fig3: Glycosidase treatment converts larger (GlcNAc)n-UDP oligomers to GlcNAc-UDP. SeHAS membranes were incubated for 30 min with UDP-GlcNAc alone, Folch extracted, fractionated over a size exclusion column, and samples were either untreated (0 min) or treated (120 min) with jack bean hexosaminidase. The samples were then analyzed by MALDI-TOF MS to identify and quantify m/z signals of candidate oligomeric chitin-UDP fragments corresponding to n = 1–4 (boldface white or black numbers). The presence of chitin linkages was confirmed by the ability of glycosidase treatment to shift species with 3 or 4 sugars to products with 1 (GlcNAc-UDP) or 2 sugars. Additional MS/MS analysis of the starting sample ions (not shown) revealed smaller members of the expected oligomer series, including GlcNAc-UDP.
Mentions: SeHAS synthesizes chitin oligomers, (GlcNAc-β1,4)n [61], as reported for XlHAS1 [62] and MmHAS1 [63]. More importantly, however, and consistent with reducing end sugar addition, we found that SeHAS also makes novel chitin oligomers attached to -GlcNAc(α1→)UDP at the reducing end [61]. SeHAS incubated with only GlcNAc-UDP makes a series of (GlcNAc-β1,4)n-GlcNAc(α1→)UDP oligomers (for n = 2–15) corresponding to (GlcNAc)2-UDP through (GlcNAc)7-UDP products. SeHAS membranes incubated without substrate or with only GlcUA-UDP show no signals in this region. Product identifications were confirmed by MS-MS fragmentation and digestion with jack bean β-N-acetylglucosaminidase (e.g., all species ultimately yielded GlcNAc-UDP). For example, tri- and tetraoligomers were confirmed to contain β1,4-linked GlcNAc residues attached to GlcNAc-UDP because treatment with jack bean hexosaminidase converted almost all the initial oligomers to GlcNAc-UDP or (GlcNAc)2-UDP (Figure 3). Thus, HAS synthesizes (GlcNAc-β1,4)1–7-GlcNAc(α1→)UDP oligomers. These unusual sugar-nucleotide species, activated by α-attachment to UDP, are unstable and readily cleaved to yield chitin oligomers, explaining the ability of Class I HASs to make chitin.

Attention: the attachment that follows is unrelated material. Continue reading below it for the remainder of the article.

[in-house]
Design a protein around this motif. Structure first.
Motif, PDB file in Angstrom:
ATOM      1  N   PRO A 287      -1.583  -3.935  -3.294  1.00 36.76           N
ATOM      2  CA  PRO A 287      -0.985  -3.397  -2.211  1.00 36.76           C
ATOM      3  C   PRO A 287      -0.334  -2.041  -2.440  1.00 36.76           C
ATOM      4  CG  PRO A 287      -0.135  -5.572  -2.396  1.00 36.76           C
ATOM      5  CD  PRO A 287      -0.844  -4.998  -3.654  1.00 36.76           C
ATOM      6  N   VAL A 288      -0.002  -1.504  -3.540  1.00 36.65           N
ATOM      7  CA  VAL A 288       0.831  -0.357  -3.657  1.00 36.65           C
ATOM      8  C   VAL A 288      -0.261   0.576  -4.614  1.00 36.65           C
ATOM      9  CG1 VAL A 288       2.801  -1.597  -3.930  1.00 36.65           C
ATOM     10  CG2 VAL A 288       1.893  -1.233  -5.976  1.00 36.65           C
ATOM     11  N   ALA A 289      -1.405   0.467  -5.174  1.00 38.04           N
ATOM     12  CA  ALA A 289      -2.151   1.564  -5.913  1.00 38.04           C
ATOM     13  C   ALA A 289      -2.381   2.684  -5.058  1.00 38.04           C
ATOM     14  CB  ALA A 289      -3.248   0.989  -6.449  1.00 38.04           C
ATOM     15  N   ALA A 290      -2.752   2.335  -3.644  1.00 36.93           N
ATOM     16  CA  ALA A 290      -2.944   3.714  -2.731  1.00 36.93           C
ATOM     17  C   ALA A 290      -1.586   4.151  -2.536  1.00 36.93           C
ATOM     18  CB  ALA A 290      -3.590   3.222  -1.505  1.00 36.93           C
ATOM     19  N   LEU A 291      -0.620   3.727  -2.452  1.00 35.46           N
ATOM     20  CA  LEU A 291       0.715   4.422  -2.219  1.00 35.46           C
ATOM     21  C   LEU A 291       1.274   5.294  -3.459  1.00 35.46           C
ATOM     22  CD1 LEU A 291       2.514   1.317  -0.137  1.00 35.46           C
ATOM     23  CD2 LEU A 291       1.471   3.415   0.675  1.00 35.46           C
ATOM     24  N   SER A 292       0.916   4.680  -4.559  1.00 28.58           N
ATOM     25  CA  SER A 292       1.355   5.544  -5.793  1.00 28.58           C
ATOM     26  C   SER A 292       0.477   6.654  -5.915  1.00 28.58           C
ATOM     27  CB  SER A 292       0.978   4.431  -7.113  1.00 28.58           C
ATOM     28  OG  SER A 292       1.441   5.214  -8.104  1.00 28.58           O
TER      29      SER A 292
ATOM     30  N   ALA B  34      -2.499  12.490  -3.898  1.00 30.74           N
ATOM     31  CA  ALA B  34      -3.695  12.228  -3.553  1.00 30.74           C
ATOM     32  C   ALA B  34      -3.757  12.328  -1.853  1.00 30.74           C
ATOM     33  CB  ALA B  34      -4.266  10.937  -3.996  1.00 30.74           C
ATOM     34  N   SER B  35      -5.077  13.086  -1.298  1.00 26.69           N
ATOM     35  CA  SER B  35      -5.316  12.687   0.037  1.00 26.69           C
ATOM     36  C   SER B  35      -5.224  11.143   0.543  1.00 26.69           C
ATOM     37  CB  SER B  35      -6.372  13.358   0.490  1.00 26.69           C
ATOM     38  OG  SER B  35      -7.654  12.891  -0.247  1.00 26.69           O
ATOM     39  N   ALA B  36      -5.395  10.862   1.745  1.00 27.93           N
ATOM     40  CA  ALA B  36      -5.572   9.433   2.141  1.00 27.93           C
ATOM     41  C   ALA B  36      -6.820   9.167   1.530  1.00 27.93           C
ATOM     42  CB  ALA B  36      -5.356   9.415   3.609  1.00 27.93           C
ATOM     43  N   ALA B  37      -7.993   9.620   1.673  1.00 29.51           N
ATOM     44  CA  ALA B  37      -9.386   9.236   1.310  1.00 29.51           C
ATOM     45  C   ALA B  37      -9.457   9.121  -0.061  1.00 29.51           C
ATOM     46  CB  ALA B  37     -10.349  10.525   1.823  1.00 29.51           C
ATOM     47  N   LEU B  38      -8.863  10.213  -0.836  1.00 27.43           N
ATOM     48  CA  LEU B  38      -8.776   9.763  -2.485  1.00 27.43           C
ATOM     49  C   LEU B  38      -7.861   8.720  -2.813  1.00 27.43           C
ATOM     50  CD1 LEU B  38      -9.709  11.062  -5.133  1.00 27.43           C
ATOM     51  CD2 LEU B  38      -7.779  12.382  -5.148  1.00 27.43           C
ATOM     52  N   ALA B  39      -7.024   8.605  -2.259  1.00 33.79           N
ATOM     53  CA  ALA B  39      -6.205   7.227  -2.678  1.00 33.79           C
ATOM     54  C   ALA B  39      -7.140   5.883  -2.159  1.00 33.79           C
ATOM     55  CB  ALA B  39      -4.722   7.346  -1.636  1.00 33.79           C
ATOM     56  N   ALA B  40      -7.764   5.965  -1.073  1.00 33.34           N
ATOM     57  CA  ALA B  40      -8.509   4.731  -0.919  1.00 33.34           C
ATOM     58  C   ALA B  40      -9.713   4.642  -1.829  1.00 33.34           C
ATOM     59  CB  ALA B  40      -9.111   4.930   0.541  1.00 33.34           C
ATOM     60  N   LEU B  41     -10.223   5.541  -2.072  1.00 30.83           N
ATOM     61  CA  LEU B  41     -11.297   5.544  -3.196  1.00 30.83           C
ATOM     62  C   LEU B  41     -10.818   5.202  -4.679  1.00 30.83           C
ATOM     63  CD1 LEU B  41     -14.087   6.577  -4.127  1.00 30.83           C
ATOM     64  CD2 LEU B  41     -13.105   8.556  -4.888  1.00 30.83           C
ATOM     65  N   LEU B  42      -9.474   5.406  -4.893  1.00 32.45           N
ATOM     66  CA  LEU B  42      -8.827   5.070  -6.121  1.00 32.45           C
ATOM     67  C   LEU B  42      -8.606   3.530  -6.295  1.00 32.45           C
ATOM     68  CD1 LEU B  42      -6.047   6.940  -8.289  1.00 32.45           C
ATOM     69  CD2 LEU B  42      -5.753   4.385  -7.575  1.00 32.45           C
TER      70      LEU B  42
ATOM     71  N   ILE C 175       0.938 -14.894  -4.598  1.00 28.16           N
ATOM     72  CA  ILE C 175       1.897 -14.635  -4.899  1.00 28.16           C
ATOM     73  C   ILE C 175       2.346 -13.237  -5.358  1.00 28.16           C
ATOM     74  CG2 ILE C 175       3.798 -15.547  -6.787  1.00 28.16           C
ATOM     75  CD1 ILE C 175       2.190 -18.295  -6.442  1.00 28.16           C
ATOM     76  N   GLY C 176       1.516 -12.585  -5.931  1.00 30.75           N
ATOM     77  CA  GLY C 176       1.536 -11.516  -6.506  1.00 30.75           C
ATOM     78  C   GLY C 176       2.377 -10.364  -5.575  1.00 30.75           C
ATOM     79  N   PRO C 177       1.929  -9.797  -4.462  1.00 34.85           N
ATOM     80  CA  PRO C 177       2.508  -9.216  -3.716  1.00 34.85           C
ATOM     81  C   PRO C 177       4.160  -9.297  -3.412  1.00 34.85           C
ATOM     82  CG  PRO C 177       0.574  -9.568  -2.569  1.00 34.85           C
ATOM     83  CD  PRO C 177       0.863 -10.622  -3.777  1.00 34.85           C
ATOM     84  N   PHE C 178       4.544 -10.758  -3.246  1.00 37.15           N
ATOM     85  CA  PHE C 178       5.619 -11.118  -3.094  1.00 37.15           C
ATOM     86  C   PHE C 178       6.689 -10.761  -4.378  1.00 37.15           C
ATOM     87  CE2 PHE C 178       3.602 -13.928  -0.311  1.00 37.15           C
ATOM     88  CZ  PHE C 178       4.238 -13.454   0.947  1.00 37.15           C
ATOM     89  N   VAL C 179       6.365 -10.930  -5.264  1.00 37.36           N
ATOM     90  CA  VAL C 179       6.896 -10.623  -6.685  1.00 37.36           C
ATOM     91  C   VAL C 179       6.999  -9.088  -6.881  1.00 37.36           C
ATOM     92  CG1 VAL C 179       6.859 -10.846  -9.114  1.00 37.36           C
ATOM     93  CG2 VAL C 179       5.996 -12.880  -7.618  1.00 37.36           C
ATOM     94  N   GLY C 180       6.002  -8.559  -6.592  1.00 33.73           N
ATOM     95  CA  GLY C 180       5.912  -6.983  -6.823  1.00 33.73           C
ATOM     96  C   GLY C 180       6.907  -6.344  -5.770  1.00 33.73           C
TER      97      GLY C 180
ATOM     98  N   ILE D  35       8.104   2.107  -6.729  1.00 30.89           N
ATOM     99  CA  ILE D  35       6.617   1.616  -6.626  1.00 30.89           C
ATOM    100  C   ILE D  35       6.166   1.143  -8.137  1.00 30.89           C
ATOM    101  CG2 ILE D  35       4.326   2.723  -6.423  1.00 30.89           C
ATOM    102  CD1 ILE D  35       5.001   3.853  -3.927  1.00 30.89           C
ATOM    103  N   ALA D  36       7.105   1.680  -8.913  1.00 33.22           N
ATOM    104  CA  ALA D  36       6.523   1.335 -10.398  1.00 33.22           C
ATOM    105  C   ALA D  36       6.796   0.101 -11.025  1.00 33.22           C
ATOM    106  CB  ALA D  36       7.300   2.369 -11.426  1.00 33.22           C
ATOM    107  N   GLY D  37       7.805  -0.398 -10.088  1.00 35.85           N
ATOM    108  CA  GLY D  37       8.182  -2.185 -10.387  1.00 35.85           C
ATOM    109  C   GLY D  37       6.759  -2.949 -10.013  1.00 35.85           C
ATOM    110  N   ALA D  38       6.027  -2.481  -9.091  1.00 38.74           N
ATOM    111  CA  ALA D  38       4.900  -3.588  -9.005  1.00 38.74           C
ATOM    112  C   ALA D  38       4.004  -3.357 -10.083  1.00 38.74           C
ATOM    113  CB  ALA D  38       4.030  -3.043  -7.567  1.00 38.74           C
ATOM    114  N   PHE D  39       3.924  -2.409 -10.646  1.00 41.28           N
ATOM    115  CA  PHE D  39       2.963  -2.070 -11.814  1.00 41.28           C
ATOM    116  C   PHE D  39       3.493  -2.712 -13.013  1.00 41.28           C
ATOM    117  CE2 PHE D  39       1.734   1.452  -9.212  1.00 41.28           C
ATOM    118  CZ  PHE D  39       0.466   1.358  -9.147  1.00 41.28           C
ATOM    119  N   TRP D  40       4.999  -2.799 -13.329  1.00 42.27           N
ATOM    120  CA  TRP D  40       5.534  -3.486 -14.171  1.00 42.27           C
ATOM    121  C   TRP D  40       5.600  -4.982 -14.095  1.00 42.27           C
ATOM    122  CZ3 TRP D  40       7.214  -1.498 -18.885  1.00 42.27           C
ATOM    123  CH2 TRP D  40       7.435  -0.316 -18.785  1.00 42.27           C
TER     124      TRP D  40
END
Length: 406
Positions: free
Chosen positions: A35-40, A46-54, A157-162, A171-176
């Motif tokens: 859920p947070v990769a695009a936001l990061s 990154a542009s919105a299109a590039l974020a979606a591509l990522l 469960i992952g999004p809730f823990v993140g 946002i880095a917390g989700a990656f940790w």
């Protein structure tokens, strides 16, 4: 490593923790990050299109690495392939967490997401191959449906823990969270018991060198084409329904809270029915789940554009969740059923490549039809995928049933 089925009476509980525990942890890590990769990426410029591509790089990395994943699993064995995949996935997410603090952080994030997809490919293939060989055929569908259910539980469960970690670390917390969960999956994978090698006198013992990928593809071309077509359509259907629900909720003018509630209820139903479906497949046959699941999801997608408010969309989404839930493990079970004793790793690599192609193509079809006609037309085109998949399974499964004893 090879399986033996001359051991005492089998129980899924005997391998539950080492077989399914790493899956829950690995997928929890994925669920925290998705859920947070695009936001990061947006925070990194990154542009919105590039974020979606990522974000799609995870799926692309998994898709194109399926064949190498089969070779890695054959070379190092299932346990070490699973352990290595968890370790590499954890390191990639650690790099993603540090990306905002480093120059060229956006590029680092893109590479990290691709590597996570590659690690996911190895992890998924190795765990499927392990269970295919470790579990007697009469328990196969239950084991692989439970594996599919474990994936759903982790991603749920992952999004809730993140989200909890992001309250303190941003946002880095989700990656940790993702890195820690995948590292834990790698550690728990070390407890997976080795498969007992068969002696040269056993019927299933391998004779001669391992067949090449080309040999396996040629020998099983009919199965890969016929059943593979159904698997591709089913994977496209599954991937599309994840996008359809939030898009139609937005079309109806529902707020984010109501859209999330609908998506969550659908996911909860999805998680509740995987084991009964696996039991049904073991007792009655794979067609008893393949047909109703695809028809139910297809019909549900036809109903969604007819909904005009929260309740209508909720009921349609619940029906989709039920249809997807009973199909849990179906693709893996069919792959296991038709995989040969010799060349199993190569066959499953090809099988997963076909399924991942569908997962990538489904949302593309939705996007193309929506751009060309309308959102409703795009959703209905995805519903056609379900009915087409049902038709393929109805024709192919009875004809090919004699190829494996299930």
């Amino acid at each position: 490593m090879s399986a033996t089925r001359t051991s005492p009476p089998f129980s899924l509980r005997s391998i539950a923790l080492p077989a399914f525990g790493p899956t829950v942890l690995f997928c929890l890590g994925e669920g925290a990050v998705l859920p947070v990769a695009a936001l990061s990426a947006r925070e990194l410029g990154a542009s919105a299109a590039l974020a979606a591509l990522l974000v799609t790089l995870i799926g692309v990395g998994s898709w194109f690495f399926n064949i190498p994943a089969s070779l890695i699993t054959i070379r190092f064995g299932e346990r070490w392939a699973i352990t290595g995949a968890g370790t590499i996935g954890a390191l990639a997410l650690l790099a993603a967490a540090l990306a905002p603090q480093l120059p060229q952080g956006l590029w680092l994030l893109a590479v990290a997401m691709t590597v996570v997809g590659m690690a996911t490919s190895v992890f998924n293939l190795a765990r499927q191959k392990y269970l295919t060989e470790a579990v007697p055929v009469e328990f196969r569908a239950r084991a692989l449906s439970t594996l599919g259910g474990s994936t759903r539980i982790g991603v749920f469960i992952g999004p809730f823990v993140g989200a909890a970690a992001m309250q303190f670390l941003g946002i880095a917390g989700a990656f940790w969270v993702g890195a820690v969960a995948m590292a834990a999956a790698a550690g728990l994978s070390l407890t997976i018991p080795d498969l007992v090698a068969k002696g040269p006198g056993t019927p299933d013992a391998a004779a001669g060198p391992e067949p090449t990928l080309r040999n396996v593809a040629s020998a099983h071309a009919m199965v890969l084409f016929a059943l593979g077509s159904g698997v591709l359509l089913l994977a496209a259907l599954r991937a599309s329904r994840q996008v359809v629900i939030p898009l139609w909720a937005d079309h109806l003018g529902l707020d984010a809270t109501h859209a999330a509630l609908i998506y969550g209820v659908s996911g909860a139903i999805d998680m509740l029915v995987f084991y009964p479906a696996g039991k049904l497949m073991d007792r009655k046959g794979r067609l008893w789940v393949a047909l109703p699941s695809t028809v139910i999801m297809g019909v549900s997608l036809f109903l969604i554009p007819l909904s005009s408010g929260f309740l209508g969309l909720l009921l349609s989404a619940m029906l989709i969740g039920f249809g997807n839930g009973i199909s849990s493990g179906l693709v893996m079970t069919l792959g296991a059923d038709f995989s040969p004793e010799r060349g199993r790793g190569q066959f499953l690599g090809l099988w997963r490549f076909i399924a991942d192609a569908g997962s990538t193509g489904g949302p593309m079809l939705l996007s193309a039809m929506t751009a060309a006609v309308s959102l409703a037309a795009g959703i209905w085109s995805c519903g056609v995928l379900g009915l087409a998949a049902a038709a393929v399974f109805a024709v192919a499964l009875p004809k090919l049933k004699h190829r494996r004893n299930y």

Bottom Line: Class I family members include mammalian and streptococcal HASs, the focus of this review, which add new intracellular sugar-UDPs at the reducing end of growing hyaluronyl-UDP chains.The synthesis of chitin-UDP oligomers by HAS confirms the reducing end mechanism for sugar addition during HA assembly by streptococcal and mammalian Class I enzymes.These new findings indicate the possibility that HA biosynthesis is initiated by the ability of HAS to use chitin-UDP oligomers as self-primers.

View Article: PubMed Central - PubMed

Affiliation: Department of Biochemistry & Molecular Biology, The Oklahoma Center for Medical Glycobiology, University of Oklahoma Health Sciences Center, Oklahoma City, OK 73190, USA.

ABSTRACT
Hyaluronan (HA) biosynthesis has been studied for over six decades, but our understanding of the biochemical details of how HA synthase (HAS) assembles HA is still incomplete. Class I family members include mammalian and streptococcal HASs, the focus of this review, which add new intracellular sugar-UDPs at the reducing end of growing hyaluronyl-UDP chains. HA-producing cells typically create extracellular HA coats (capsules) and also secrete HA into the surrounding space. Since HAS contains multiple transmembrane domains and is lipid-dependent, we proposed in 1999 that it creates an intraprotein HAS-lipid pore through which a growing HA-UDP chain is translocated continuously across the cell membrane to the exterior. We review here the evidence for a synthase pore-mediated polysaccharide translocation process and describe a possible mechanism (the Pendulum Model) and potential energy sources to drive this ATP-independent process. HA synthases also synthesize chitin oligosaccharides, which are created by cleavage of novel oligo-chitosyl-UDP products. The synthesis of chitin-UDP oligomers by HAS confirms the reducing end mechanism for sugar addition during HA assembly by streptococcal and mammalian Class I enzymes. These new findings indicate the possibility that HA biosynthesis is initiated by the ability of HAS to use chitin-UDP oligomers as self-primers.

No MeSH data available.